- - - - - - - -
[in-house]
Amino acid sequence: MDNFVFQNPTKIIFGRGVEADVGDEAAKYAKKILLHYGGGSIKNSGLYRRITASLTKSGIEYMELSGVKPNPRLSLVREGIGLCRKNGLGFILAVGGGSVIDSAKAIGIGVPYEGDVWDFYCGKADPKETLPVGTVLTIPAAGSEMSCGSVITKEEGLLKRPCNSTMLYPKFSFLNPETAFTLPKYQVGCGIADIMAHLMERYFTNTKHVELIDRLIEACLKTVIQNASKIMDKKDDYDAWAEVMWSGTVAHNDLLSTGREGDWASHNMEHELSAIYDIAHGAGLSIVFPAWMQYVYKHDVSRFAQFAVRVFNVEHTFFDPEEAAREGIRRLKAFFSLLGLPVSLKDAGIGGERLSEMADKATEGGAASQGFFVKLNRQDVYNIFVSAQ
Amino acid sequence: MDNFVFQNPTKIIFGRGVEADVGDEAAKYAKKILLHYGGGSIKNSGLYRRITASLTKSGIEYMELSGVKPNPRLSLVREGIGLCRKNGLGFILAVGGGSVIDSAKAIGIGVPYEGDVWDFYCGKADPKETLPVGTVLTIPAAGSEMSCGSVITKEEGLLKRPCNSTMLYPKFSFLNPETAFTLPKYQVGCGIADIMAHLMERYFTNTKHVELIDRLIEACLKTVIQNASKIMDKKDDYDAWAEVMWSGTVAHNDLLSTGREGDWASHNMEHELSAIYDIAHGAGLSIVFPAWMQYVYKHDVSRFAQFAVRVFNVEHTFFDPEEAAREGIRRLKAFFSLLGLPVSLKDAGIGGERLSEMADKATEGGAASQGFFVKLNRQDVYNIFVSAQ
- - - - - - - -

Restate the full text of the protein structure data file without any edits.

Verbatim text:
[in-house]
Amino acid sequence: MDNFVFQNPTKIIFGRGVEADVGDEAAKYAKKILLHYGGGSIKNSGLYRRITASLTKSGIEYMELSGVKPNPRLSLVREGIGLCRKNGLGFILAVGGGSVIDSAKAIGIGVPYEGDVWDFYCGKADPKETLPVGTVLTIPAAGSEMSCGSVITKEEGLLKRPCNSTMLYPKFSFLNPETAFTLPKYQVGCGIADIMAHLMERYFTNTKHVELIDRLIEACLKTVIQNASKIMDKKDDYDAWAEVMWSGTVAHNDLLSTGREGDWASHNMEHELSAIYDIAHGAGLSIVFPAWMQYVYKHDVSRFAQFAVRVFNVEHTFFDPEEAAREGIRRLKAFFSLLGLPVSLKDAGIGGERLSEMADKATEGGAASQGFFVKLNRQDVYNIFVSAQ
Amino acid sequence: MDNFVFQNPTKIIFGRGVEADVGDEAAKYAKKILLHYGGGSIKNSGLYRRITASLTKSGIEYMELSGVKPNPRLSLVREGIGLCRKNGLGFILAVGGGSVIDSAKAIGIGVPYEGDVWDFYCGKADPKETLPVGTVLTIPAAGSEMSCGSVITKEEGLLKRPCNSTMLYPKFSFLNPETAFTLPKYQVGCGIADIMAHLMERYFTNTKHVELIDRLIEACLKTVIQNASKIMDKKDDYDAWAEVMWSGTVAHNDLLSTGREGDWASHNMEHELSAIYDIAHGAGLSIVFPAWMQYVYKHDVSRFAQFAVRVFNVEHTFFDPEEAAREGIRRLKAFFSLLGLPVSLKDAGIGGERLSEMADKATEGGAASQGFFVKLNRQDVYNIFVSAQ